What to eat – A look at Bread and Cereal

What to eat – A look at Bread and Cereal

At Better Fitness Daily, we are walking down the aisles of our virtual grocery store, today we’ll consider the foods on the Bread and Cereal Aisle

 Bread & Cereal Aisles
Bread, cereals and other grain products can often be the most confusing to buy, and healthy sounding phrases on their packages (Health Nut, 12-Grain, and more) don’t make it any easier. For the best bet, ignore the claims on the front of the box and go straight to the nutrition label.

  • Whole wheat bread. To make sure you’re buying whole grain bread (which is superior in nutrition and arguably, flavor) make sure “whole” is the first word on the ingredient list. The same goes for buns, bagels, English muffins, pitas, and other bread products.
  • Sprouted grain bread (Ezekial is a common brand) is usually sold in the freezer case or natural foods section. It’s made entirely of sprouted whole grains, which are more easily digestible for some people. This bread also boasts protein (and all essential amino acids) and fiber.
  • Whole grain pasta. Choose whole wheat pasta and couscous, or even brown rice pasta for variety.
  • Brown rice is a healthy addition to many meals. For quicker cooking, you can soak it on the counter for a few hours before boiling it, or buy pre-cooked brown rice in the freezer section that you can reheat in the microwave in minutes!
  • Healthy cereals are those made with whole grains and without added sugar. Top choices:
  • For a fiber-rich, healthy breakfast cereal enjoy whole grain cereals like oatmeal, Cheerios, Wheaties, shredded wheat, raisin bran or Kashi.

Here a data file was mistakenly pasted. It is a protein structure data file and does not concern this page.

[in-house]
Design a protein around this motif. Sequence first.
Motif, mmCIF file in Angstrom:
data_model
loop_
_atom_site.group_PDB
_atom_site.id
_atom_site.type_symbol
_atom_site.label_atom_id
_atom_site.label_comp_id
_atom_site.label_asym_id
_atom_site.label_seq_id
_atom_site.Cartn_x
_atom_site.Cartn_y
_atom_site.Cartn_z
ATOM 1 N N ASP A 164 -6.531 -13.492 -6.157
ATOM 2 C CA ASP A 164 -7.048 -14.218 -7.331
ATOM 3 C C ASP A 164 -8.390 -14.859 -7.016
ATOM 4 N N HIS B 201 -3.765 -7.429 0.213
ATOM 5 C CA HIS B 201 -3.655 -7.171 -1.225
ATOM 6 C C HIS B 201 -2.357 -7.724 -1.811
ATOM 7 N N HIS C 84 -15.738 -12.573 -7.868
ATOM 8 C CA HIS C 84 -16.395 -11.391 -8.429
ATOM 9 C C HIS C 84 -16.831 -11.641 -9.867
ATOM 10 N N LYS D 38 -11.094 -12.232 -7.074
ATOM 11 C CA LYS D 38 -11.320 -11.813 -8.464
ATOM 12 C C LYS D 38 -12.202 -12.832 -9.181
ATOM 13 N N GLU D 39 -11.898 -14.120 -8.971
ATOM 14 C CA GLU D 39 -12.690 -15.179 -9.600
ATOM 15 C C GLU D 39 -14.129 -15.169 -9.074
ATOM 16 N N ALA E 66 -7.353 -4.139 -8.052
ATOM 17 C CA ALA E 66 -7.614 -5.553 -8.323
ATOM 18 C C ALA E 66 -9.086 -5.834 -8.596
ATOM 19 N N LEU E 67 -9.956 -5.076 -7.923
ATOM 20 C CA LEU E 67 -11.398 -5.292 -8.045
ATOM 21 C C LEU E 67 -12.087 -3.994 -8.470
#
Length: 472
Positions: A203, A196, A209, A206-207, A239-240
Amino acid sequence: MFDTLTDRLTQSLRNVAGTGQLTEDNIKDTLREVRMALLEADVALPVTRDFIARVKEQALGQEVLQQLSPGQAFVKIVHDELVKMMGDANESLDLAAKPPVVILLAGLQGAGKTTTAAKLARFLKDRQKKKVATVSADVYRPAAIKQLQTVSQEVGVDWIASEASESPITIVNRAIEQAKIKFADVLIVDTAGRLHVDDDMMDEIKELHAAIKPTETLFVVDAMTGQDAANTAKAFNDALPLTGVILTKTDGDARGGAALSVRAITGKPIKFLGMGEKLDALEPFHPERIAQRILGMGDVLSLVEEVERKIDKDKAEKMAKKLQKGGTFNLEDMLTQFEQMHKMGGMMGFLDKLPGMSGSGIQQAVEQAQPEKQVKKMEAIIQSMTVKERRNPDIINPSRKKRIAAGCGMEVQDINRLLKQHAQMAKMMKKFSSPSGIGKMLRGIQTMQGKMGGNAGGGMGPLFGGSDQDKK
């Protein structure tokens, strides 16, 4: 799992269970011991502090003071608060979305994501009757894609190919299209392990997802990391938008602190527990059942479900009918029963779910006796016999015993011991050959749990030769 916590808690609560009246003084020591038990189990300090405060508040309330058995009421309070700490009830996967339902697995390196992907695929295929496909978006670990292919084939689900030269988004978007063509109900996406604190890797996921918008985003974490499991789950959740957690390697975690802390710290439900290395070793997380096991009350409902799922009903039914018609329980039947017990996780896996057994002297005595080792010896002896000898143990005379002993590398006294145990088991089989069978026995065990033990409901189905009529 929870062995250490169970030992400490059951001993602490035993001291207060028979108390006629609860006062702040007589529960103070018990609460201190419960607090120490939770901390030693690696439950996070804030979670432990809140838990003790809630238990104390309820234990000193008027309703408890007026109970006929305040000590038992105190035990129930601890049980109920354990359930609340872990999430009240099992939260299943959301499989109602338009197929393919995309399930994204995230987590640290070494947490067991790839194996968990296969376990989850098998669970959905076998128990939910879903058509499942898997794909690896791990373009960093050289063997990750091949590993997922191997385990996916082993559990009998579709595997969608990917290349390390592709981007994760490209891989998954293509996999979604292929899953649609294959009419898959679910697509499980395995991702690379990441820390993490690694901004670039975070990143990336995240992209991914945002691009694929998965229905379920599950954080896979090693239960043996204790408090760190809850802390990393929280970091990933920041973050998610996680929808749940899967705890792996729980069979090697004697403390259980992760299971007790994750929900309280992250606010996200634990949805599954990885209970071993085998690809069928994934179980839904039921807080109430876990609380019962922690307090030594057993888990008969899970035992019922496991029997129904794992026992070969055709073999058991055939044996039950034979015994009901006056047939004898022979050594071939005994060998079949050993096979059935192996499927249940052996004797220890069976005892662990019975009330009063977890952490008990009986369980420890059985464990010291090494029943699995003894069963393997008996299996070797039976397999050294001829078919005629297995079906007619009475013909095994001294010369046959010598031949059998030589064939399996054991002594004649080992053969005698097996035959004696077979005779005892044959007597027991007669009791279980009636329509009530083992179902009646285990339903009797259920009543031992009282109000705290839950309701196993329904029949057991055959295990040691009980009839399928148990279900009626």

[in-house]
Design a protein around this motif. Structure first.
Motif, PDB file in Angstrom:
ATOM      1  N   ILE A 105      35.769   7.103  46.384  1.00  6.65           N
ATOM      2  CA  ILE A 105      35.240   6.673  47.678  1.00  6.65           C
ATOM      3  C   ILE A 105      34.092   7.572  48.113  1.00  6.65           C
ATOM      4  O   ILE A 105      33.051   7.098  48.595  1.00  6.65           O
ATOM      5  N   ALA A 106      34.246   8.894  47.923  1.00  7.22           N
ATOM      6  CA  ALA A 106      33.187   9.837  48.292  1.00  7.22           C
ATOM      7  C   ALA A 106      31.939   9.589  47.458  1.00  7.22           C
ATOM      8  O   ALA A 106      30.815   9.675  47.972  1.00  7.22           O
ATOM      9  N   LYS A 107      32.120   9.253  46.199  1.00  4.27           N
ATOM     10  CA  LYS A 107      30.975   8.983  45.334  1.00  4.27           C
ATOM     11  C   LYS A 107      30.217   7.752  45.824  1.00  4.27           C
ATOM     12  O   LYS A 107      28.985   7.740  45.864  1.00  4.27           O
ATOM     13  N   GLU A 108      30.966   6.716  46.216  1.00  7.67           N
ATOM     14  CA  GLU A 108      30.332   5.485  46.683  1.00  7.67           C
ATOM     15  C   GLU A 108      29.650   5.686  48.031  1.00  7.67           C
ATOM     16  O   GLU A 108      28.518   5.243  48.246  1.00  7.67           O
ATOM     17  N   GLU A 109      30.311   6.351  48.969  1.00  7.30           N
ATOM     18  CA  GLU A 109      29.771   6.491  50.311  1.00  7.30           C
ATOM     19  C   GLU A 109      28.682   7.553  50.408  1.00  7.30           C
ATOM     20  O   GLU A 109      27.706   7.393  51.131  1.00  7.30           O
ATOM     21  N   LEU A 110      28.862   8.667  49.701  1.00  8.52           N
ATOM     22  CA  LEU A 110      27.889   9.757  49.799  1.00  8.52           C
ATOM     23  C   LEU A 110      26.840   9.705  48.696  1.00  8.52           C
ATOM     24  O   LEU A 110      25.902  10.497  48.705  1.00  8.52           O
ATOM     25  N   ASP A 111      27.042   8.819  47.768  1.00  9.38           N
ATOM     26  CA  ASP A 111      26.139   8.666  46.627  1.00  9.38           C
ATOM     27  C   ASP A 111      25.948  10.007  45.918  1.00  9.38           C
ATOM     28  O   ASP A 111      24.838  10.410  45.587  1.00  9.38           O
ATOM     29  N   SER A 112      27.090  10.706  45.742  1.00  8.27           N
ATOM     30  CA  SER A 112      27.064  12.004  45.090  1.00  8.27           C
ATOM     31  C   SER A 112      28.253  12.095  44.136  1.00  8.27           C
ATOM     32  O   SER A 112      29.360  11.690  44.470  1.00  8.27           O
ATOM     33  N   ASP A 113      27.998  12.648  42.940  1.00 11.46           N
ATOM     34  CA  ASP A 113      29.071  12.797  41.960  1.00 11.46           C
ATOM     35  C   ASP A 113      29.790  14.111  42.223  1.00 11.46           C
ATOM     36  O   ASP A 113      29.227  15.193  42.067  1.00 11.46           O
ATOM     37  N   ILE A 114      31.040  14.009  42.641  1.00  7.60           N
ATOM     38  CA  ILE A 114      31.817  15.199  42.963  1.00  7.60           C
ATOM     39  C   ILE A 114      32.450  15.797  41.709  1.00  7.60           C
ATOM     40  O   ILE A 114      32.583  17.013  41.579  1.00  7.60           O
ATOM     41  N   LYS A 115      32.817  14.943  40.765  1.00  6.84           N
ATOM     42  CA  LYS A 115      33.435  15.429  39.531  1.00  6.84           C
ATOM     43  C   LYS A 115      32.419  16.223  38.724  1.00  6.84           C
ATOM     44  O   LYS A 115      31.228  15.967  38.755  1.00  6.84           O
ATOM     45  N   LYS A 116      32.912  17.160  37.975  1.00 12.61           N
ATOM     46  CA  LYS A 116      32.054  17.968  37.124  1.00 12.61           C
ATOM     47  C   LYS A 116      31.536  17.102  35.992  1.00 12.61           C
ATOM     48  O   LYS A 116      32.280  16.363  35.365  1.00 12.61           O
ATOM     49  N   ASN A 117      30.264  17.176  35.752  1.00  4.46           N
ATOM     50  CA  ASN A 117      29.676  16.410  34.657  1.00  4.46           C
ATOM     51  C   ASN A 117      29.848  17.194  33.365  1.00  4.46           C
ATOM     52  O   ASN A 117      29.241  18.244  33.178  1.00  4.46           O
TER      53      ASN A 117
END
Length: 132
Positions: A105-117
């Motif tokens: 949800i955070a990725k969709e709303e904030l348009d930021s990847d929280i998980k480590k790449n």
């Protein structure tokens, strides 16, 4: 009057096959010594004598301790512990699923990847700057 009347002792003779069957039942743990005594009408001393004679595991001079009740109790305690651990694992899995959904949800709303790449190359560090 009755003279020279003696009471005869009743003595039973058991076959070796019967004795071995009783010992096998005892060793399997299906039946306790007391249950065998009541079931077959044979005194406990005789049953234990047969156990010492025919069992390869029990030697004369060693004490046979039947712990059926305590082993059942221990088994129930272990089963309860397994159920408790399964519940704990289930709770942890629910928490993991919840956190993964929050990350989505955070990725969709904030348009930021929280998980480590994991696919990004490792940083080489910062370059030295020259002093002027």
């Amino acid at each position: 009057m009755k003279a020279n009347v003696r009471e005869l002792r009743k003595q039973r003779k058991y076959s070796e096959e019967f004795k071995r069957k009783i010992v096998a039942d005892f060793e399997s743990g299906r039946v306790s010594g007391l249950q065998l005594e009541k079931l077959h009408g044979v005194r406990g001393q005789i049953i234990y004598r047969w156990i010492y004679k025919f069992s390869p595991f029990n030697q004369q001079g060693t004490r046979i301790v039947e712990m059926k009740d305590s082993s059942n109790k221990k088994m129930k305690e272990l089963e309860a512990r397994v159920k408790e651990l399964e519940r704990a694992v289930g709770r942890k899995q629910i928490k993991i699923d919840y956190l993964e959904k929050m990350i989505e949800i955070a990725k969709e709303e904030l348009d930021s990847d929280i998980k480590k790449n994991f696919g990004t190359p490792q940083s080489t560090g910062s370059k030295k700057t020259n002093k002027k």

• Add sweetness with fresh, frozen, or fruit canned in its own juice. Give sliced bananas, canned peaches, frozen blueberries, or fresh strawberries a try.
  • Top it all off with some low-fat milk or soymilk.
  • If you, your spouse, or children are screaming for the sweeter stuff, first try to go half-and-half. For example, half chocolate puffs mixed with half Cheerios. The amount of sugar and flavorings is more than ample to sweeten the contents in the entire bowl. Trust me on this one—it works. My 9- and 14-year-old have no complaints with this morning ritual!

Ignore those catchy claims on the front of the box. Go straight to the nutrition facts label. Here’s what to look for:

  • Remember the “Rule of Fives”: Choose cereals with at least 5 grams of fiber per serving, and less than 5 grams of sugar.
  • Look for each serving to contain at least 3 grams of protein.
  • Read the ingredients list. The top ingredients should be “whole wheat”, or “wheat bran”—not just “wheat”. These whole grains are naturally low in fat, and high in fiber.
  • Avoid cereals that list hydrogenated oils, artificial dyes or colors, and chemical preservatives as ingredients—these have no place in a healthy diet!

 Oatmeal is a hearty breakfast staple that cooks in minutes. Buy instant or quick oats to save time. When cooking it on the stovetop, add a handful of frozen blueberries for a scrumptious breakfast truly fit for champions.

What to Avoid in the Bread & Cereal Aisles:

  • Snack cakes, doughnuts, muffins, Danishes and other pastries don’t make healthy breakfast choices.
  • Sugary cereals, especially those marketed to kids
  • Limit “wheat flour” products. Don’t let words like “wheat flour” or “wheat bread” fool you. Unless the ingredients list “whole wheat” as #1, these products are just posing as healthy.
  • Limit white flour products. Refined grains (white bread, rice and cereals) are missing the most nutritious parts of the grain.

My advice is to take it step by step, purpose to learn and make better decisions each time you shop.

Eat Smart, Train Hard, Live Boldly

Robert

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